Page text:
DC Knew of Dangerous Conditions at Site of Fatal Row House Fire

What to Know

  • The Aug. 18 fire sent smoke pouring out of the row house on Kennedy Street NW. A man died of his injuries
  • Nine-year-old Yafet Solomon was rushed to a hospital with injuries and later died

Before the house fire that killed a 9-year-old boy and a man earlier this month, at least three D.C. agencies knew of dangerous conditions inside the row house that was illegally divided into tiny apartments.

D.C. police, the D.C. fire department and the D.C. Department of Consumer and Regulatory Affairs (DCRA) knew of the hazardous conditions five months before the fire but only police took any action. Both DC Fire and DCRA inspectors failed to take action to remove families living in the house.

On the morning of Aug. 18, those conditions proved fatal. 

“That is inexcusable, and so we certainly have addressed much of that issue through reforms that have already taken place prior to this fire,” City Administrator Rashad Young said.

Iron security bars on the windows prevented residents from escaping faster. Authorities have yet to determine an official cause of the fire but said the row house's narrow halls, broken smoke detectors and barred exits were a deadly combination. Even the building's front door was blocked by metal bars, which were ripped off as tenants screamed for help.

Investigators found that the house — where more than a dozen Ethiopian immigrants lived — had multiple code violations, including bars on doors, not enough exits, no working smoke detectors, no sprinkler system and inadequate lighting.

In March, D.C. police were first to become aware of the conditions at 708 Kennedy St. NW, Deputy Mayor for Public Safety and Justice Kevin Donahue said. A police officer was called to the house for a noise complaint March 21 and saw the unsafe conditions inside.

According to a police report dated March 22, the house had no lit exit signs and no working smoke detectors, and the one fire extinguisher was not tagged. There were also too many makeshift doors with locks that would make it hard to exit in an emergency, the report said.

The report said that the building used to be a pharmacy, but the basement had been changed into a rooming house, and office space looked like it was being used as a seamstress shop.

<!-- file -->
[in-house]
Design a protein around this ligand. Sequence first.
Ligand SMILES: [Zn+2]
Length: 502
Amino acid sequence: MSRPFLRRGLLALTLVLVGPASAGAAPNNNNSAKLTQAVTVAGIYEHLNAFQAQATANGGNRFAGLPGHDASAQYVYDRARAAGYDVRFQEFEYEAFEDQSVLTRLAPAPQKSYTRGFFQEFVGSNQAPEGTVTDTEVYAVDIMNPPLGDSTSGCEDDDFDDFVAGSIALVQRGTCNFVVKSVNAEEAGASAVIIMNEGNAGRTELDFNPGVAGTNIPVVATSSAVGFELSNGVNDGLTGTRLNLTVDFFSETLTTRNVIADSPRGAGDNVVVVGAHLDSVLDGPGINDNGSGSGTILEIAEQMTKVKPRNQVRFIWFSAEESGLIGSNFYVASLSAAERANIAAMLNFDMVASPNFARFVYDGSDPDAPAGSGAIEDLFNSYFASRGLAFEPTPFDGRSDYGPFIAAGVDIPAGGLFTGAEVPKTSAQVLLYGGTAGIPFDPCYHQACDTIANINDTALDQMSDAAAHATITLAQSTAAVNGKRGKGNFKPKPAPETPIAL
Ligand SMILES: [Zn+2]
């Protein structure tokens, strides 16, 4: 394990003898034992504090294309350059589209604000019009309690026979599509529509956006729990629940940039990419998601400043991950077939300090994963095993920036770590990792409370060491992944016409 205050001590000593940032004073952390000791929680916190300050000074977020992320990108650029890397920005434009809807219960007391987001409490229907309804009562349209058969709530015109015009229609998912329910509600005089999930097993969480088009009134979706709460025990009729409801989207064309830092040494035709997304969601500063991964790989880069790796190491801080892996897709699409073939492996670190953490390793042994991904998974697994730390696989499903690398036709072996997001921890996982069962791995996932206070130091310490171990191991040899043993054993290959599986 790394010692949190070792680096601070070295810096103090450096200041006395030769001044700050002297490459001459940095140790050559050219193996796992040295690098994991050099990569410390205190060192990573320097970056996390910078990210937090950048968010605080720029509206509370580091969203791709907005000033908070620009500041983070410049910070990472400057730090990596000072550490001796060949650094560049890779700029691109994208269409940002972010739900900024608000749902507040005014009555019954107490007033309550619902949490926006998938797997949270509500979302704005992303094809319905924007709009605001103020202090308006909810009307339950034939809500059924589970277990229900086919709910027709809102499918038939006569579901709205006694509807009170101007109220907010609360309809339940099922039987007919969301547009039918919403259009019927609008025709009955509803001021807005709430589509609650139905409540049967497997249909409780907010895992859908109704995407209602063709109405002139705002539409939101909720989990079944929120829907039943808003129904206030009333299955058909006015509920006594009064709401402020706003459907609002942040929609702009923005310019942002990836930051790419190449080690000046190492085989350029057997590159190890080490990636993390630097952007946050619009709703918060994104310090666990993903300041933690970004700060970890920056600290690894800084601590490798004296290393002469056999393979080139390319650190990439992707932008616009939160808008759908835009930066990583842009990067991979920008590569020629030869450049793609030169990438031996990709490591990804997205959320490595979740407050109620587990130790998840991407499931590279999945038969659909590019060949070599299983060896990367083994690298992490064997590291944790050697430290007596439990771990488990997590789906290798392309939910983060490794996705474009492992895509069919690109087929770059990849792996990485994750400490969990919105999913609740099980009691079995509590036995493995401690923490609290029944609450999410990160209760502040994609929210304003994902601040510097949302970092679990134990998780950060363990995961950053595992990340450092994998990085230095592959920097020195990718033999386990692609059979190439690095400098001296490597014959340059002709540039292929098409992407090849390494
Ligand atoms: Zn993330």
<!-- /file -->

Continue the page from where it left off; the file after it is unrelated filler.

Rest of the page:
The officer reported the conditions inside the house to D.C. Fire & EMS and DCRA March 22, Donahue said.

"Strongly recommend both DCRA and DCFD Code Inspectors respond to the listed location," the police report said.

The officer sent five emails over two months to D.C. Fire & EMS and DCRA before an inspector from DCRA went to the house. The inspector visited three times but could not get inside because nobody was home.

“In this instance, this investigator went three times to this property and then closed this case,” Young said. 

Government officials said DCRA could have gotten a court order to force entry into the house but did not.

D.C. Mayor Muriel Bowser ordered D.C. police, the D.C. fire department and DCRA to conduct internal reviews to identify gaps. Four employees of the fire department and DCRA have been been placed on administrative leave.

A third-party review of what happened will be conducted as well.

“Part of our evaluation is going to be what our policy and process guidance is and should we and could we have done more?” Young said.

The fire sent smoke pouring out of the row house about 9:40 a.m. Aug. 18. A man died of his injuries. D.C. police have not identified him, pending notification of his family.

Nine-year-old Yafet Solomon was rushed to a hospital with injuries and later died.

In the days after the fire, DCRA said the house was not licensed for any type of residential use. Two certificates of occupancy permits had been issued for the address, one in 1995 for a pharmacy there, and another in 1993 for office space, according to the March 22 police report.

Bowser asked federal prosecutors to launch a criminal investigation.

"The District will not tolerate landlords who prey on vulnerable populations, operating unlicensed rental properties and showing no concern for people's safety," Bowser said in a statement last week.

Five days after the fire, Bowser indicated city officials didn't know about the illegal conditions prior to the fire.

"I want to tell people living in an unsafe situation that we will do our best to help you, but we have to know about it," she said.

Bowser did not know at that point that the police officer had reported the conditions.

News4 reached out to the owner of the row house for comment, but he has not returned calls.

City officials said they have hardly spoken with him, either. They identified two other properties that he owns and are inspecting them to see if the same conditions exist.

Yafet Solomon, the child who was killed in the fire, was "extremely funny," loved to read and dreamed of being a lawyer, according to a GoFundMe page his teachers at Barnard Elementary School started.

His funeral will be held Wednesday.

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